By Ed Cropley and Olivia Kumwenda-Mtambo JOHANNESBURG (Reuters) - With hymns and eulogies, South Africans of all colors and creeds remembered Nelson Mandela in a day of prayers on Sunday, holding him up as an example to build a better nation and world. Mandela, South Africa's first black president who steered his nation out of apartheid and into multi-race democracy, died late on Thursday at the age of 95 after months of illness. Since then, Africa's economic powerhouse has been gripped by an outpouring of emotion unrivalled since Mandela's release from 27 years of prison in 1990. At the cavernous Regina Mundi church in Soweto, South Africa's largest Catholic Church, hundreds of mourners, young and old, gathered to pray for Mandela and the nation's future.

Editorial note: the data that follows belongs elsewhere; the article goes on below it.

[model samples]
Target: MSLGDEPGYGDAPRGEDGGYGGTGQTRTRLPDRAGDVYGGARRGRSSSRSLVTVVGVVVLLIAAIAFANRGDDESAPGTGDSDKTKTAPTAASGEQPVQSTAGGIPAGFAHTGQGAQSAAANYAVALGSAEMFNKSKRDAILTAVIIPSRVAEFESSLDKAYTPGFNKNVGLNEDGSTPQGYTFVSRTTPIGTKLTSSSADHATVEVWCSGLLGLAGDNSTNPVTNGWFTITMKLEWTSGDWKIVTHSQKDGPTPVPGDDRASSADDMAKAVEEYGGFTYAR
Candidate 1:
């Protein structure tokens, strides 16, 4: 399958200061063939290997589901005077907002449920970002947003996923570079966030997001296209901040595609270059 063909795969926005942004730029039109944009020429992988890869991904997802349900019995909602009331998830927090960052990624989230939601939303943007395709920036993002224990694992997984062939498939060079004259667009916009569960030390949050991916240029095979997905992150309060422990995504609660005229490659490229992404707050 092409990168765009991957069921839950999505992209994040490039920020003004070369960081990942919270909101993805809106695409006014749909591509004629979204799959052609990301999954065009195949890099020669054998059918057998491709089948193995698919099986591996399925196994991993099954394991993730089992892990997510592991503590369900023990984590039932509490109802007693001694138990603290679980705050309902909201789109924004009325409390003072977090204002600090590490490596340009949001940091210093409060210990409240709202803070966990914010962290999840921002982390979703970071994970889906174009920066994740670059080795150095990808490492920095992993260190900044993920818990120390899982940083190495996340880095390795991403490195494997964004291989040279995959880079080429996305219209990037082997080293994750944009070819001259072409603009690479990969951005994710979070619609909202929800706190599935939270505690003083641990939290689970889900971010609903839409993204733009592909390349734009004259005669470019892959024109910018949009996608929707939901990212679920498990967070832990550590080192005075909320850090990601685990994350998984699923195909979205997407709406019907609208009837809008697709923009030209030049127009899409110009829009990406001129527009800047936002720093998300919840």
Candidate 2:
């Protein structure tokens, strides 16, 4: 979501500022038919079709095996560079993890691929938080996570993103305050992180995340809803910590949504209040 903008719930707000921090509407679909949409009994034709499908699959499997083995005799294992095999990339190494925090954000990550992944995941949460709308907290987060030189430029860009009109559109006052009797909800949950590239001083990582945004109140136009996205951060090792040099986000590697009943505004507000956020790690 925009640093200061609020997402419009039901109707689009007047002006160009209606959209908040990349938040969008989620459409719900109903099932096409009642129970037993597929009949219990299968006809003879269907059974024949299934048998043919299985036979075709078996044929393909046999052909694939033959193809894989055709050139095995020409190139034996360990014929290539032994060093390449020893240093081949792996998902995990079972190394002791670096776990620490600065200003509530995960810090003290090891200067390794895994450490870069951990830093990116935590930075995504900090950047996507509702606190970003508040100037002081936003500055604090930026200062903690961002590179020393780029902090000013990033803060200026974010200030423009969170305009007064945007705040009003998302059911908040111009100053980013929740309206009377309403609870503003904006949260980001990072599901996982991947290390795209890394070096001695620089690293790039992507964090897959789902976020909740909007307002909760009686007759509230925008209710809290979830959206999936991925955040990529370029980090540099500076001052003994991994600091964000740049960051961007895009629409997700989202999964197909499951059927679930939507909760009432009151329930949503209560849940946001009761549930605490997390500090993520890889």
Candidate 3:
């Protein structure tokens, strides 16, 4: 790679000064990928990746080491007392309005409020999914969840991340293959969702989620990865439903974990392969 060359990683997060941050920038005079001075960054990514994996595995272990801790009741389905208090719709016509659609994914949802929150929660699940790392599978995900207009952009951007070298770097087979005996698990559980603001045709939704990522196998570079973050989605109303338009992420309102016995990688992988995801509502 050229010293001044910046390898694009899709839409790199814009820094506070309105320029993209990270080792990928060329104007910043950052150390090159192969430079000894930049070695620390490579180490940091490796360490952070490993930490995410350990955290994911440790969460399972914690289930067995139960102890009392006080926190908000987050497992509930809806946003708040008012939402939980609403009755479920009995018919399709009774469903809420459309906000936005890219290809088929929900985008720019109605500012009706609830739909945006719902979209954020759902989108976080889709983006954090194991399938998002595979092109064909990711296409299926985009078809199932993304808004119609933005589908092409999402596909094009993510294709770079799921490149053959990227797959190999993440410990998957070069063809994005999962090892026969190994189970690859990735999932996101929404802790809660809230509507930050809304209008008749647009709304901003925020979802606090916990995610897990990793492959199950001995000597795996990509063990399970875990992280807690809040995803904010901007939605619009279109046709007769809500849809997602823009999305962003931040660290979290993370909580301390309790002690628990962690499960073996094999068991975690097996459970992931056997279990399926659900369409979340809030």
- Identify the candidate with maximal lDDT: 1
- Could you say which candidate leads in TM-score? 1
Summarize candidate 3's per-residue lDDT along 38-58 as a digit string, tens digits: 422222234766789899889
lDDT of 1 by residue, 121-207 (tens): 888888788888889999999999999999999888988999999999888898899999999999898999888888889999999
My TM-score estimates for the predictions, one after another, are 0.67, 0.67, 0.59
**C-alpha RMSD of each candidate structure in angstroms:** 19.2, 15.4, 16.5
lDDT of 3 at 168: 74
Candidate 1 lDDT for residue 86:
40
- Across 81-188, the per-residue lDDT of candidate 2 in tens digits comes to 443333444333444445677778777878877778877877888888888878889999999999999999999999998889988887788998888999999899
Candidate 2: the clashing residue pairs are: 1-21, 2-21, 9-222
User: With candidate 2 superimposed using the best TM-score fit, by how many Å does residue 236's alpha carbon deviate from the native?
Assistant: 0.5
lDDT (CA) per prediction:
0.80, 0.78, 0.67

WASHINGTON (AP) — A powerful storm system that spread hazardous snow, sleet and freezing rain widely across the nation's midsection rumbled toward the densely populated Eastern seaboard on Sunday, promising more of the same.
JOHANNESBURG (AP) — South Africans flocked to houses of worship for a national day of prayer and reflection to honor former President Nelson Mandela, starting planned events that will culminate in what is expected to be one of the biggest funerals in modern times.